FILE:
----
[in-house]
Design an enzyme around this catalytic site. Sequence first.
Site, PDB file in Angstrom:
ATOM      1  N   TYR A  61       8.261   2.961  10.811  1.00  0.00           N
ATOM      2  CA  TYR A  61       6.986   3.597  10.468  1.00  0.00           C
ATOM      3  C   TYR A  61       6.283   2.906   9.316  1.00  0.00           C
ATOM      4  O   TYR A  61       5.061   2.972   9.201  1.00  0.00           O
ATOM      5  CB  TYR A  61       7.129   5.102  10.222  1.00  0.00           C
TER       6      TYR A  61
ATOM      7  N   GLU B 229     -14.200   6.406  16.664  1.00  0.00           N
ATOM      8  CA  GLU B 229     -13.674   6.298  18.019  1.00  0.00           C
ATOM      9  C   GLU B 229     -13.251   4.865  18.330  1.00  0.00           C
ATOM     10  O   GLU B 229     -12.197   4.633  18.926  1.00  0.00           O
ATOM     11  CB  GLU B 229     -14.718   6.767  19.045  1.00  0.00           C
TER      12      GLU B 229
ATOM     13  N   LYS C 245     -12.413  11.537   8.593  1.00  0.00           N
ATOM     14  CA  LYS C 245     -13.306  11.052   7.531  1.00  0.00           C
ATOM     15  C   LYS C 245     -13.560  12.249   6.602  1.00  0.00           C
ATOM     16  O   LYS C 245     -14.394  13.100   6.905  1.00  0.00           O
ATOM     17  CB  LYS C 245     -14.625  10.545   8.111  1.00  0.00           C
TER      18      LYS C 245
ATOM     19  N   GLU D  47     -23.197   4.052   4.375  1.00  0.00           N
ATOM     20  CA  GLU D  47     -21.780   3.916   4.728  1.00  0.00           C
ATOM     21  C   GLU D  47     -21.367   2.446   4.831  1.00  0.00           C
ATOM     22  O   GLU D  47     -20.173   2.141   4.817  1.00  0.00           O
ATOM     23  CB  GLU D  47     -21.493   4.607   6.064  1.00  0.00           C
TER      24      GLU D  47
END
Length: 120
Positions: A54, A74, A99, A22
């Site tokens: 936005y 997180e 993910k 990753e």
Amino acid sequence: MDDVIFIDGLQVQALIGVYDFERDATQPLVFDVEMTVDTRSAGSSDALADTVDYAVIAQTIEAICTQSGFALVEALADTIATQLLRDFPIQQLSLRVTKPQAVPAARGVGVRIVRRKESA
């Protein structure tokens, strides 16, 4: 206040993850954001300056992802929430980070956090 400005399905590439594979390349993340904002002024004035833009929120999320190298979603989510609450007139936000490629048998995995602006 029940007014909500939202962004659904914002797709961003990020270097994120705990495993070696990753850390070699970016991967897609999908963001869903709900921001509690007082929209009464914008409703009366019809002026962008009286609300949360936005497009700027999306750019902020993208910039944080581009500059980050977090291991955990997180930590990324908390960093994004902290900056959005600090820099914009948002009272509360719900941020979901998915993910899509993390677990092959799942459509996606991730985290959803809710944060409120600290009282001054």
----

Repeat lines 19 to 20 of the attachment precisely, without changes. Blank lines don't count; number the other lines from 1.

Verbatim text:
ATOM     16  O   LYS C 245     -14.394  13.100   6.905  1.00  0.00           O
ATOM     17  CB  LYS C 245     -14.625  10.545   8.111  1.00  0.00           C